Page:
This Moto Guzzi is the only bike in its segment to use shaft drive transmission, which requires no maintenance.


The suspension is taken care of by Kayaba, with 41mm upside down forks up front and a cantilevered rear mono-shock with a dual rate spring. While Kayaba may not be the most premium name in suspension, the springage at both ends works well enough that you forget about what brand they are pretty quickly. The suspension at both ends have 6.7 inches (17cm) of travel, which shows that this is more than just a tough-looking street bike. Another clue to that is the 19 inch front wheel, which allows for off road capability without sacrificing much for tarmac manners.


There is no standard centre stand, although it is available as a cost option. The other omission that I couldn’t help notice, was the lack of standard heated grips. I probably wouldn’t have mentioned this, but conditions on the ride were bad enough to feel the need for warm palms. These are available as a cost option, and they will be standard equipment on the forthcoming V85 TT Travel edition. With the specs out the way, you can pretty much forget them, for this bike is not at all about that. Yes, empirically, the specs matter, but once you start riding, they sort of fade away, and more so than with other motorcycles.

Front-three-quarter view of the V85 TT
With no fairing whatsoever, the V85 TT has instead a small smoked plexiglass windshield and a pair of hand guards.

Engine character

The engine feels pretty special from the moment you start it. It has a characteristic transverse V configuration vibiness, and pulls slightly to the right when you pull throttle, much like a BMW boxer motor. At low revs it even sounds a bit like a boxer, but at full throttle through the revs, it has a deep roar that only a V-twin can muster, and it’s an addictive noise. As mentioned, there’s some vibration, which is often a bad thing on motorcycles. But on this one it translates to a lazy, comforting, and reassuring rumble that constantly reminds the rider he’s sitting on a special piece of equipment.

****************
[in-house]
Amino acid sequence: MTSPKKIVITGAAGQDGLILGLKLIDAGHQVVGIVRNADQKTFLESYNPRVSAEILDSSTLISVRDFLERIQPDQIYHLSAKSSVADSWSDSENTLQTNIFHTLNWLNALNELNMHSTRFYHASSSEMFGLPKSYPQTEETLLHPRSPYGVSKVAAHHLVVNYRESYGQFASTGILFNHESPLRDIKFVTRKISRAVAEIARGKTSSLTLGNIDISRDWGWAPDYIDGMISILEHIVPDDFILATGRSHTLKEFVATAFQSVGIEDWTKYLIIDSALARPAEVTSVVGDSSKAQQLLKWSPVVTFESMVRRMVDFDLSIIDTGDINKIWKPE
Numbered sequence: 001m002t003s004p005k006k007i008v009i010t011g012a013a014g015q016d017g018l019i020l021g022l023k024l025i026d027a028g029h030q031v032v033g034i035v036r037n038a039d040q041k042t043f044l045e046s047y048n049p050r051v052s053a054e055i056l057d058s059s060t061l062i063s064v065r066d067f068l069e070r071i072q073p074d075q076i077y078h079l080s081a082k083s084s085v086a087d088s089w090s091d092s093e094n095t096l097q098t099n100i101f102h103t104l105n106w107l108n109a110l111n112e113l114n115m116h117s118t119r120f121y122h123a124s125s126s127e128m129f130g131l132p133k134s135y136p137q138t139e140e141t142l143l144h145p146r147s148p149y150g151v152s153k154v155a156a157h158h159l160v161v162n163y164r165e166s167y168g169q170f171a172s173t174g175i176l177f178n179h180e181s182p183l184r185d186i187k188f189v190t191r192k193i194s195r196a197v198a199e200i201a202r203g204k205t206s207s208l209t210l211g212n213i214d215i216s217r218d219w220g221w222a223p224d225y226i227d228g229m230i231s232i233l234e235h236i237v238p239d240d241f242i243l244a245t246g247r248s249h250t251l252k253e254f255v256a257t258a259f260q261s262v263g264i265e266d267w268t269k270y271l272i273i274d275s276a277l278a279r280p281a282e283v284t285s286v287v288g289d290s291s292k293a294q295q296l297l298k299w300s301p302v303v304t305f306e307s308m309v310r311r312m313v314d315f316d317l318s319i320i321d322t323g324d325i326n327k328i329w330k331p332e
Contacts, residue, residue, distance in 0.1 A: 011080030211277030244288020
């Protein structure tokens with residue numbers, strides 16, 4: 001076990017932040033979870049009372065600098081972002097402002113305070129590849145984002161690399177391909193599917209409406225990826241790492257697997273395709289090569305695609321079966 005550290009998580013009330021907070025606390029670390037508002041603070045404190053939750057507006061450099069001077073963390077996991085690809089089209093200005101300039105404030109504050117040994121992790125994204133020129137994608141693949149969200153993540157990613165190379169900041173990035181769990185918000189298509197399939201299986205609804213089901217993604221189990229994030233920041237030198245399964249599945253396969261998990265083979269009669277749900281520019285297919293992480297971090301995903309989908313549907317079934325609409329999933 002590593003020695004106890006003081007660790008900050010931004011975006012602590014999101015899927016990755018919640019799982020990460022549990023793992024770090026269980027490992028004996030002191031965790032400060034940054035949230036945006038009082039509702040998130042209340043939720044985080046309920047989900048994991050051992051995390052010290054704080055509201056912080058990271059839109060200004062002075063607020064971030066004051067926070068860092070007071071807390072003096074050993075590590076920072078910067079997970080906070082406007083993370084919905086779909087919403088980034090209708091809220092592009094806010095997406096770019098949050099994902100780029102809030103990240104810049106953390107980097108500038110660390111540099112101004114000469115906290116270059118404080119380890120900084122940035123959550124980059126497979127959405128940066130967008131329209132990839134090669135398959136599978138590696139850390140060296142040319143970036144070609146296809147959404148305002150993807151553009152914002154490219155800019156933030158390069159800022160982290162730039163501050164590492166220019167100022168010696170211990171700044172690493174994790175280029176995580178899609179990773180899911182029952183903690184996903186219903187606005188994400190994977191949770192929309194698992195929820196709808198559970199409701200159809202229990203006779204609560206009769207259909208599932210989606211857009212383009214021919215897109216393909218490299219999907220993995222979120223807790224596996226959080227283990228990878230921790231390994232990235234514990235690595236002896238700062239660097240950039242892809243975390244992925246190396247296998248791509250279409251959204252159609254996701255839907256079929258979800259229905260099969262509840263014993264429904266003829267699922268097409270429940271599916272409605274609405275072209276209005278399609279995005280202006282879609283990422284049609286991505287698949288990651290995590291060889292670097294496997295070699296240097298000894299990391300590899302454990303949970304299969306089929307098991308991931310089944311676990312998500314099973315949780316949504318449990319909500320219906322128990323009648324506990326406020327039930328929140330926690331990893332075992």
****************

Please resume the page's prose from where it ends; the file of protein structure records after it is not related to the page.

The flat torque curve means the bike pulls from what feels like no revs at all, making town riding a breeze. That 80hp power figure on a 230kg machine sounds underwhelming. So, I was expecting it to be a bit of a donkey, but I was wrong. It’s not a fast motorcycle, but it always feels peppy. The power is exploitable, and that makes it fun, as you can really wring its neck and it rewards the rider by being exciting in a really unintimidating way. The gearbox is fantastic too, although the shift action is a bit heavy because of the shaft drive.

Rear-three-quarter view of the V85 TT
The Guzzi’s steel tubular frame delivers good riding stability. Wheel travel equal to 170 mm, a braking unit controlled by a multi-map Continental ABS system and spoked wheels accommodating tyres of 19” up front and 17” at the rear.


The steering is much lighter than expected, feeling almost motard like as you slip through traffic and tackle tight city corners. At high speed on the highway the handling is stable, with good feel from the front end through faster corners, although the highway is not where the Guzzi is most at home. For longer tours a taller screen would help a fair deal, and the 23-litre tank means you have a range that few bikes in this class can match.